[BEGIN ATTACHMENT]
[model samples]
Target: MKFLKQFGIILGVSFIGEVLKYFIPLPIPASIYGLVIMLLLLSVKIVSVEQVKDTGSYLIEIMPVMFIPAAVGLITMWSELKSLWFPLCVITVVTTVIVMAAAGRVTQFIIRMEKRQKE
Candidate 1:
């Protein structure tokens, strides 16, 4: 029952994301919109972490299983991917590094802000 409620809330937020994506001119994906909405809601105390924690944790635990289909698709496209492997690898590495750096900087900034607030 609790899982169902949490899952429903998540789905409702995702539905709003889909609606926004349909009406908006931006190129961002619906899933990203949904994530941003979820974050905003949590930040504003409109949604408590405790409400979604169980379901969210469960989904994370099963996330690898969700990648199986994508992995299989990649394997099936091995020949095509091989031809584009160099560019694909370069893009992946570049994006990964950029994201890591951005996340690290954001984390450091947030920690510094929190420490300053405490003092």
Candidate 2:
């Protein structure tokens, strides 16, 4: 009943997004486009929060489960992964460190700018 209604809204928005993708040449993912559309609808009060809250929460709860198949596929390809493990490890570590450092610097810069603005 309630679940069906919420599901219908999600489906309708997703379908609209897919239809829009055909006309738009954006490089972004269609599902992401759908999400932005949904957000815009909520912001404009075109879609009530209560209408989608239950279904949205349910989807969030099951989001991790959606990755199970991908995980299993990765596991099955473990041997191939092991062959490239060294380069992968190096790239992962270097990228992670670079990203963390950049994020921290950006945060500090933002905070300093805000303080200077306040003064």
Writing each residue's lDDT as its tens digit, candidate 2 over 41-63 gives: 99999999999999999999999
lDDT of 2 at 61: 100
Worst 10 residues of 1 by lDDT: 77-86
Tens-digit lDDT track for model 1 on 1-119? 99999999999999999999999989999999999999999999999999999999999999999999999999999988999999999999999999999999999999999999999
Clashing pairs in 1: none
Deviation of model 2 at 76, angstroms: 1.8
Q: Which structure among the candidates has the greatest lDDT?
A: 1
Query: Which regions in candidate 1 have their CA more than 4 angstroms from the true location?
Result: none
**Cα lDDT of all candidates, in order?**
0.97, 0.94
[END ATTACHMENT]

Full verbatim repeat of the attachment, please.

[model samples]
Target: MKFLKQFGIILGVSFIGEVLKYFIPLPIPASIYGLVIMLLLLSVKIVSVEQVKDTGSYLIEIMPVMFIPAAVGLITMWSELKSLWFPLCVITVVTTVIVMAAAGRVTQFIIRMEKRQKE
Candidate 1:
């Protein structure tokens, strides 16, 4: 029952994301919109972490299983991917590094802000 409620809330937020994506001119994906909405809601105390924690944790635990289909698709496209492997690898590495750096900087900034607030 609790899982169902949490899952429903998540789905409702995702539905709003889909609606926004349909009406908006931006190129961002619906899933990203949904994530941003979820974050905003949590930040504003409109949604408590405790409400979604169980379901969210469960989904994370099963996330690898969700990648199986994508992995299989990649394997099936091995020949095509091989031809584009160099560019694909370069893009992946570049994006990964950029994201890591951005996340690290954001984390450091947030920690510094929190420490300053405490003092």
Candidate 2:
């Protein structure tokens, strides 16, 4: 009943997004486009929060489960992964460190700018 209604809204928005993708040449993912559309609808009060809250929460709860198949596929390809493990490890570590450092610097810069603005 309630679940069906919420599901219908999600489906309708997703379908609209897919239809829009055909006309738009954006490089972004269609599902992401759908999400932005949904957000815009909520912001404009075109879609009530209560209408989608239950279904949205349910989807969030099951989001991790959606990755199970991908995980299993990765596991099955473990041997191939092991062959490239060294380069992968190096790239992962270097990228992670670079990203963390950049994020921290950006945060500090933002905070300093805000303080200077306040003064």
Writing each residue's lDDT as its tens digit, candidate 2 over 41-63 gives: 99999999999999999999999
lDDT of 2 at 61: 100
Worst 10 residues of 1 by lDDT: 77-86
Tens-digit lDDT track for model 1 on 1-119? 99999999999999999999999989999999999999999999999999999999999999999999999999999988999999999999999999999999999999999999999
Clashing pairs in 1: none
Deviation of model 2 at 76, angstroms: 1.8
Q: Which structure among the candidates has the greatest lDDT?
A: 1
Query: Which regions in candidate 1 have their CA more than 4 angstroms from the true location?
Result: none
**Cα lDDT of all candidates, in order?**
0.97, 0.94